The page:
High Efficient Solar Cells

A. Kathalingam and Mi-Ra Kim Millimeter-wave INnovation Technology Research Center Dongguk University, Seoul, Korea

The world’s energy demand is projected more, expected to double by 2050 and to more than triple by the end of the century. Considering the devastating and environmental polluting nature of conventional fossil fuels, sunlight becomes a “compelling solution” to the need of clean and cheap energy. It poses no threat to our environment through pollution or to our climate through greenhouse gas emissions. Sunlight is plenty on earth, unimaginable amount of energy from sun strikes the Earth. The sun light falls on the earth in one hour is more than the energy we consume in a year through out the globe. The vast majority of solar panels today are made of silicon. These devices are called first generation, and make for highly stable and efficient solar cells, but, because of the material processing necessary, it is expensive to make first generation solar cells and levels of efficiency in electricity production range from around 10 to 20 percent. A more recent alternative involves constructing solar cells using thin films with the potential to produce solar energy at a reduced cost. These thin film cells are called second generation, and are cheaper, but they have more difficulty absorbing radiation and are not very efficient. Scientists have been seeking a third generation - a low cost semiconductor material that would have a tunable bandgap, allowing the manufacturer to control the absorptive properties of the solar cell. Present semiconductor PV devices based on a single-bandgap absorber, which have a theoretical thermodynamic conversion efficiency of 32% in unconcentrated sunlight. However, multiple-bandgap absorbers in a cascaded junction configuration can result in high photoconversion efficiencies, particularly when cells are designed to sustain the operating conditions (e.g., elevated temperatures) associated with highly concentrated sunlight. A major challenge in the conversion of solar energy is tapping the full spectrum of solar radiation. The absorbing materials used in today’s solar cells capture only a fraction of the wavelengths in sunlight. So, it is must to designing composite materials that absorb full spectrum of solar light spectrum and convert efficiently to useful form of fuel and to generate electricity, it would be a crosscutting breakthrough in this area. Advancements in science have made a revolutionary change in the concept of the solar cell materials and design. Increasing the efficiency of solar cells more than 50% is not a science fiction. It is very easy to increase the solar cell efficiency more the 50%, is not a fiction, one day in near future we can use such a solar cell. Today's fast progress on the scientific frontiers of nanotechnology and biotechnology will provide a strong foundation for future breakthroughs in solar energy conversion.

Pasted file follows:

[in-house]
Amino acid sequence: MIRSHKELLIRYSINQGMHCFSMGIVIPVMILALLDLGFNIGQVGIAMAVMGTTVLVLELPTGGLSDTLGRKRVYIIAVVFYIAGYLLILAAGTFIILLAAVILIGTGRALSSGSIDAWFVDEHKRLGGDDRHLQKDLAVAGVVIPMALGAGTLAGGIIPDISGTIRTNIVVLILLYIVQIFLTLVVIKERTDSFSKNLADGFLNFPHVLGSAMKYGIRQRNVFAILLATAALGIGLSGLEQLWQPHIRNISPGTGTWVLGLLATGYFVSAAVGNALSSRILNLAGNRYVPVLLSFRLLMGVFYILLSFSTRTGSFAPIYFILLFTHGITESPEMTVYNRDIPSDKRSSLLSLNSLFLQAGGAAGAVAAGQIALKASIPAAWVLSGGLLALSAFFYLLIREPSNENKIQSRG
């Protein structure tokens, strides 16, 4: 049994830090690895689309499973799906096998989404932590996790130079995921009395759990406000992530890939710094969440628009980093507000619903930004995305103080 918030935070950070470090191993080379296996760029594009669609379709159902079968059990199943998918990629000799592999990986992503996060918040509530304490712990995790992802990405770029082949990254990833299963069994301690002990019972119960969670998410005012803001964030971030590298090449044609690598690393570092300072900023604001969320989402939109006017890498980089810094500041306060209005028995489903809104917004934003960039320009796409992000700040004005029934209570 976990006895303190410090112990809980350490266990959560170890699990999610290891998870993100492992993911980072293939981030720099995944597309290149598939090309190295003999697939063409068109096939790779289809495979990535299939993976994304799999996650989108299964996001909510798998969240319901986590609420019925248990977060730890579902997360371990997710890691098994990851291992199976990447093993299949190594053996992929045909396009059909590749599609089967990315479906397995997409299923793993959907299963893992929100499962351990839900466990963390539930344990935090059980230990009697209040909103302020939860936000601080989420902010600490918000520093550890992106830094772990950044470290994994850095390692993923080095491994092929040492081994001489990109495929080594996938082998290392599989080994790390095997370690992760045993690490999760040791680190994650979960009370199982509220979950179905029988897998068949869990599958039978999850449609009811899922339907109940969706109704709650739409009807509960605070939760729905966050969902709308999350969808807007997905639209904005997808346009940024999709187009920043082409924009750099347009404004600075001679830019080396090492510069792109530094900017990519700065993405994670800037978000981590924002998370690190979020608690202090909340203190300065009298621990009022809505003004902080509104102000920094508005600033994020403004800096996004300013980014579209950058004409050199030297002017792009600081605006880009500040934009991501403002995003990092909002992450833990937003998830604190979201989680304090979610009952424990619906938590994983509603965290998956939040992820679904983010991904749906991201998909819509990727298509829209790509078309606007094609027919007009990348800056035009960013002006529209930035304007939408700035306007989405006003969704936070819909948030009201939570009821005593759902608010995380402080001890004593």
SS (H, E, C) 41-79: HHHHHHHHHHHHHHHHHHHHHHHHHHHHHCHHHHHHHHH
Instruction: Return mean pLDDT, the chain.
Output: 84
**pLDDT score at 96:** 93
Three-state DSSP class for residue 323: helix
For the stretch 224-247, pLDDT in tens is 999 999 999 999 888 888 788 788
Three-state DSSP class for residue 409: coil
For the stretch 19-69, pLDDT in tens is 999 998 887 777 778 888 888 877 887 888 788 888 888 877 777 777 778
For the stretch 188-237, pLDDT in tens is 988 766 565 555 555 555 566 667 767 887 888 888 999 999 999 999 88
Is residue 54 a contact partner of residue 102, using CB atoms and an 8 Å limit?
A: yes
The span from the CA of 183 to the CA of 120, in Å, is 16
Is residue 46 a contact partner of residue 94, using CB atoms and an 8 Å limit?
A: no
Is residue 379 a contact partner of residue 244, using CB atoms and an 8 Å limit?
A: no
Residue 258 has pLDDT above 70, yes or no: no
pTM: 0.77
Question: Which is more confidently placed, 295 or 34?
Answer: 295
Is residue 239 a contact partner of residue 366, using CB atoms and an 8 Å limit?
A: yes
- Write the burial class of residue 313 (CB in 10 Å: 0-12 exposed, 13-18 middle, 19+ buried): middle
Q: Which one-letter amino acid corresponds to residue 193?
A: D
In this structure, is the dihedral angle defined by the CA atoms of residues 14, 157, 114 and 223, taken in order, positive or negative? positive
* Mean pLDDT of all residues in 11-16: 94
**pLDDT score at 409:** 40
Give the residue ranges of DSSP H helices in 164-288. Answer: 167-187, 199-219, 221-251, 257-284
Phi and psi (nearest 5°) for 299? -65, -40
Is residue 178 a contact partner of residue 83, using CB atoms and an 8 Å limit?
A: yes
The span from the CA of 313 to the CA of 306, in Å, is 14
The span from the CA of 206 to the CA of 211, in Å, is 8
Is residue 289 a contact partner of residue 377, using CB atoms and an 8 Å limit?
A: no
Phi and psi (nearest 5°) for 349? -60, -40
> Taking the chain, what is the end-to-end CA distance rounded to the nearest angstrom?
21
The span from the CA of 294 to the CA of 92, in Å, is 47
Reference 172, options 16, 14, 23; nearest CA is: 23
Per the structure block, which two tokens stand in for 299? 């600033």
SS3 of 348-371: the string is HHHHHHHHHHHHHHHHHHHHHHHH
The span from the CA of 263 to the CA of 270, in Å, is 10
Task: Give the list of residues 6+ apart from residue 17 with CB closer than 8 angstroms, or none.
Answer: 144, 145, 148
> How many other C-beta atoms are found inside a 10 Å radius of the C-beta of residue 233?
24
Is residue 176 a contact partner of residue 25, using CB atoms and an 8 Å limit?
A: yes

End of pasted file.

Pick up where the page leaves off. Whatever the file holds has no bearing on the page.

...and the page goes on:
New technologies are coming up and these will materialize in the near future. Thin layers of materials consisting of a network of interpenetrating regions can facilitate effective charge separation, conduction and collection. Quantum dots come into prey and it could find to fill the need. Nanostructured materials such as quantum dots, quantum wires and tubes incorporated nanocomposite materials could improve the performance of the solar cell. Only bridging the technologies available with the viable use of solar energy method is the need of the day. Bridging this gap requires revolutionary breakthroughs that come only from basic research to understand the fundamental principles of solar energy conversion and develop new materials with efficient conversion ability. Array of QD Quantum dots are semiconductor crystals typically between 1 and 10 nanometers in diameter, a nanometer being a billionth of a meter. Each quantum dot contains a tiny droplet of free electrons. Quantum dots offer tunable optical and electronic properties that can work around the natural limits of traditional semiconductors. They could be useful as the basis of new solar electric cells. Quantum dots are especially exciting for their tunable absorption wavelength, their quantum conversion efficiency above 100% through multiple-exciton generation, and their easy fabrication through self-assembly. Quantum dots can be made into flexible sheets, put into liquid form, or made to be transparent, and they cost relatively little compared with bulk silicon semiconductor material and thin films. In addition to electric energy, solar radiation can also be converted to heat energy using a feasible strategy, this can replace much of the heat now supplied by burning fossil fuels such as oil, gas and coal and thereby could possible to reduce green house gases. Material scientists are doing wonders, one day in near they could produce an ultimate material "smart materials" having capacity of self-repairing, storage capacity. One of the key problems in solar energy capturing and conversion is how to separate charge efficiently over macroscopic distances without using expensive, highly pure, semiconductor materials. This effort requires the development of new materials and methods.

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